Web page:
On Tuesday afternoon, when some leading House Democrats drafting a resolution on the Persian Gulf crisis had trouble getting started, Majority Leader Richard A. Gephardt (D-Mo.) reached into his pocket.

He pulled out a draft that he said originated with Sen. Sam Nunn (D-Ga.), chairman of the Senate Armed Services Committee, among others. It remains the basic language for the House Democrats because, as one source present at the meeting said, "If something comes over {from the Senate} with a Nunn stamp, it takes on an aura."

Until the Nunn version appeared, "we were trying to figure out how to authorize force, but put constraints on the president in order to deter him. With Nunn's language, we were ready to say 'no force now,' and confront him."

Nunn, who took a major stand last November in opposition to President Bush's doubling of U.S. troops in Saudi Arabia, has now become a central figure in the congressional move to continue economic sanctions and, for the time being, deny Bush authority to use those forces to drive Iraq out of Kuwait.

For the Democrats, the Persian Gulf debate on Capitol Hill may turn out to be a political litmus test for the entire party, not just Nunn, on fundamental issues of war and peace that have plagued it since the Vietnam War.

One of the central ironies of the debate is that Democrats have taken the lead on both sides of the gulf question. The president's key congressional allies and his key adversaries are almost all Democrats.

In one respect, the gulf debate has united previously disparate groups within the Democratic Party: Sen. David L. Boren (D-Okla.), chairman of the Senate Select Intelligence Committee, and Nunn -- both moderates on national security issues -- suddenly find themselves in harmony with Rep. Ronald V. Dellums (D-Calif.) and Sen. Tom Harkin (D-Iowa), longtime liberals. All are working cooperatively with the Democratic leadership in both chambers.

At the same time, however, fissures have emerged on the Democratic side, fissures that observers believed yesterday could allow the administration position to prevail when the votes are taken Saturday.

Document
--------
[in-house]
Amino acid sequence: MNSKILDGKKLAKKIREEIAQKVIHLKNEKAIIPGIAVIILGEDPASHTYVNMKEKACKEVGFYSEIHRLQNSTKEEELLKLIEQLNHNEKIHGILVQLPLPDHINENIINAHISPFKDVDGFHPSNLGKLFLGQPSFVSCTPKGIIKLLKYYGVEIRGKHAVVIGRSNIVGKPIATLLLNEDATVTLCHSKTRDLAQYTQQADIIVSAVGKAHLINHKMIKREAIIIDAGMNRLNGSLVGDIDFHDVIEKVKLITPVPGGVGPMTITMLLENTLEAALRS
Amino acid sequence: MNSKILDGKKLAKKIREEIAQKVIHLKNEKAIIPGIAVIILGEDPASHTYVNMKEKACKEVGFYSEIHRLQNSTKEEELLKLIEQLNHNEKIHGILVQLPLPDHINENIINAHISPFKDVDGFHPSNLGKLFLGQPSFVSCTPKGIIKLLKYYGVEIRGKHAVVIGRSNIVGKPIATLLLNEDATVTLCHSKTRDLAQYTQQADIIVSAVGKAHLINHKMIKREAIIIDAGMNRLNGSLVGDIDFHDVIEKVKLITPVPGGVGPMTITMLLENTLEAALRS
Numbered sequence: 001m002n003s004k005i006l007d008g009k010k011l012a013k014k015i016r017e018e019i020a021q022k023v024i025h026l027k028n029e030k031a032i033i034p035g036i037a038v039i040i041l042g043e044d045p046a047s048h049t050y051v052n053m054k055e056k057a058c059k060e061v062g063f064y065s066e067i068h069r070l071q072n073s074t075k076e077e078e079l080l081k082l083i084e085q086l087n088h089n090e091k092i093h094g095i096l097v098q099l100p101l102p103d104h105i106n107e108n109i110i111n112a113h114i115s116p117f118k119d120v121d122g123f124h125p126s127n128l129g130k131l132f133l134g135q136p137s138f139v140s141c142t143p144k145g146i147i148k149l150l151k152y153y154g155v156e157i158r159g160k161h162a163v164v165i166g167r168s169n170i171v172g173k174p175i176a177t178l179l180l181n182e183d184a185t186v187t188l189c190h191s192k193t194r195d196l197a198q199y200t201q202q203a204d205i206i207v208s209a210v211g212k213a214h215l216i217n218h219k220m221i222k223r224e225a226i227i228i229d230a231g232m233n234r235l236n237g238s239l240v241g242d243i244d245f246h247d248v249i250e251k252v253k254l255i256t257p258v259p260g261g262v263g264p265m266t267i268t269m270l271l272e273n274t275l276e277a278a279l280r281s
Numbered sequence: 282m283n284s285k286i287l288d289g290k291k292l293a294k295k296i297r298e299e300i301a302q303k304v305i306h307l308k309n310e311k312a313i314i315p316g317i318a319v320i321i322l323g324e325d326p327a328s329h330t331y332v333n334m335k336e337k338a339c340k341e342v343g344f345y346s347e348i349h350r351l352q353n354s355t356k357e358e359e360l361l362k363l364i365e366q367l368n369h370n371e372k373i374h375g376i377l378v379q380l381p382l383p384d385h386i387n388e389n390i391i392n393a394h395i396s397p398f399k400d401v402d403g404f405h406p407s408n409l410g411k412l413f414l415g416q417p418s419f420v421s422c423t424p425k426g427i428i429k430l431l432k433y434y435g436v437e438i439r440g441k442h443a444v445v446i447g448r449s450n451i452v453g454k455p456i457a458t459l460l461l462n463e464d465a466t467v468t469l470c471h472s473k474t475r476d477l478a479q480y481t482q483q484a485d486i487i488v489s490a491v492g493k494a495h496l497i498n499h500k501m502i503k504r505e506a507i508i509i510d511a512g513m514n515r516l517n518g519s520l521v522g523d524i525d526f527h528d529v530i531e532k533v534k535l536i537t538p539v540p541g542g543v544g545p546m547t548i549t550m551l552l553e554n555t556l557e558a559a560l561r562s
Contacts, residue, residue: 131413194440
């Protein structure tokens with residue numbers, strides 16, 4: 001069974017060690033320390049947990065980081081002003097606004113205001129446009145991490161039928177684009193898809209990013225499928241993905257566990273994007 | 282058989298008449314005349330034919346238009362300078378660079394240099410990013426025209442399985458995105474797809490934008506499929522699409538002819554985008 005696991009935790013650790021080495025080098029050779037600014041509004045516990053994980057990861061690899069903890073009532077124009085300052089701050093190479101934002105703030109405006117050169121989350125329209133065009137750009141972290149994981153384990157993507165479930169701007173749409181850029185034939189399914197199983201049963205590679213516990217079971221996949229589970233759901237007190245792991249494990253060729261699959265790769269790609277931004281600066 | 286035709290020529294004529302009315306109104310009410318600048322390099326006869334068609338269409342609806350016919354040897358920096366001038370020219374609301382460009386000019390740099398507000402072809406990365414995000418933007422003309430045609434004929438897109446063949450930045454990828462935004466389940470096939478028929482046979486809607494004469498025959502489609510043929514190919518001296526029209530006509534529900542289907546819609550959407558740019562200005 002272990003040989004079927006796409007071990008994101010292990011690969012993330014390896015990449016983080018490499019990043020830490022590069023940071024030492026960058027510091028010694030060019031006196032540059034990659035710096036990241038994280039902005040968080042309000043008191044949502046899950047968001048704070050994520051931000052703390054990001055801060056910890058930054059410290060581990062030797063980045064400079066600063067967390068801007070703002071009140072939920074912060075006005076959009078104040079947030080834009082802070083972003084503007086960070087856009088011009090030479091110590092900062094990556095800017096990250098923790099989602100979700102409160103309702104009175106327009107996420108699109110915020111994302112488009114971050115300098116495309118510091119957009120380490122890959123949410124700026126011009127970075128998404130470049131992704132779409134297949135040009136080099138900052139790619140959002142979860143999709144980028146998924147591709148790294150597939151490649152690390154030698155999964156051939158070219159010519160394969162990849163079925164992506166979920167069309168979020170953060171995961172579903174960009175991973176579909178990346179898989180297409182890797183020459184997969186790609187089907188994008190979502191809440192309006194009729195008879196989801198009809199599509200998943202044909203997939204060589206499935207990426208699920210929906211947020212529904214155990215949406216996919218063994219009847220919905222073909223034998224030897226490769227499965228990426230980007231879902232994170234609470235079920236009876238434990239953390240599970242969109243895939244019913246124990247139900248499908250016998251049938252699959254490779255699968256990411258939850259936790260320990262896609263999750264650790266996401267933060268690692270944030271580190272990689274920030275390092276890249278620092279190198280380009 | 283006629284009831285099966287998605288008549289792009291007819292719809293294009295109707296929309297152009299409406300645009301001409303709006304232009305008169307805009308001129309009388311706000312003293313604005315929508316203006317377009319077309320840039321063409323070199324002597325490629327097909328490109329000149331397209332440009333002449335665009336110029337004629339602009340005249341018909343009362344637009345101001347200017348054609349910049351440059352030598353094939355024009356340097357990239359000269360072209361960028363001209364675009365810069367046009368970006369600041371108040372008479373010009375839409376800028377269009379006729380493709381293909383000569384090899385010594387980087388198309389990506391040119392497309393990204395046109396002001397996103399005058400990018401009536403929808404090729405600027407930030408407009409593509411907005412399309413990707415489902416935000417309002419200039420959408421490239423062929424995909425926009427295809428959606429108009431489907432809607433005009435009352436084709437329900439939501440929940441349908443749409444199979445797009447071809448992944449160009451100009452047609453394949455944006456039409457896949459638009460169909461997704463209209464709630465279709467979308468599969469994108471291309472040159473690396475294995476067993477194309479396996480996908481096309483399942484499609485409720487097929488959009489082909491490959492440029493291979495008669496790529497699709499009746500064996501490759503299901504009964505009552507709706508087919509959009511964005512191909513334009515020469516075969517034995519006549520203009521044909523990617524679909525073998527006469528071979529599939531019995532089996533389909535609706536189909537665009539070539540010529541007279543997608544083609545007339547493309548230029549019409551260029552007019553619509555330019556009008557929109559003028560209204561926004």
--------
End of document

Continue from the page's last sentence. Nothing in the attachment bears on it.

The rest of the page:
One of the Democratic divides was rooted in the expected defection of Southern conservatives, who have dissented from the liberal wing of their party on many foreign policy and military spending issues since the Democrats moved to the left in 1960s.

Another involved the decision of a number of pro-Israeli Democrats, led by Rep. Stephen J. Solarz (N.Y.), to join the administration along with Rep. Dante B. Fascell (Fla.), the chairman of the House Foreign Affairs Committee. In the process, the usually dovish Foreign Affairs Committee has become a bastion of support for the Bush administration.

On the other side, Senate Majority Leader George J. Mitchell (D-Maine) and House Speaker Thomas S. Foley (D-Wash.) have taken tougher positions in the debate than they have in the past.

Foley and Mitchell have "shown fire for the first time," one Republican member of the House leadership said yesterday.

Mitchell set up a special group to handle preparation for the debate that included not only Nunn and Boren, but also Sens. Carl Levin (D-Mich.) and Bob Graham (D-Fla.). Both have large constituencies that support Israel. Whether or not by design, in making them part of this coordinating group, Mitchell may limit the defection of pro-Israel legislators that has taken place in the House.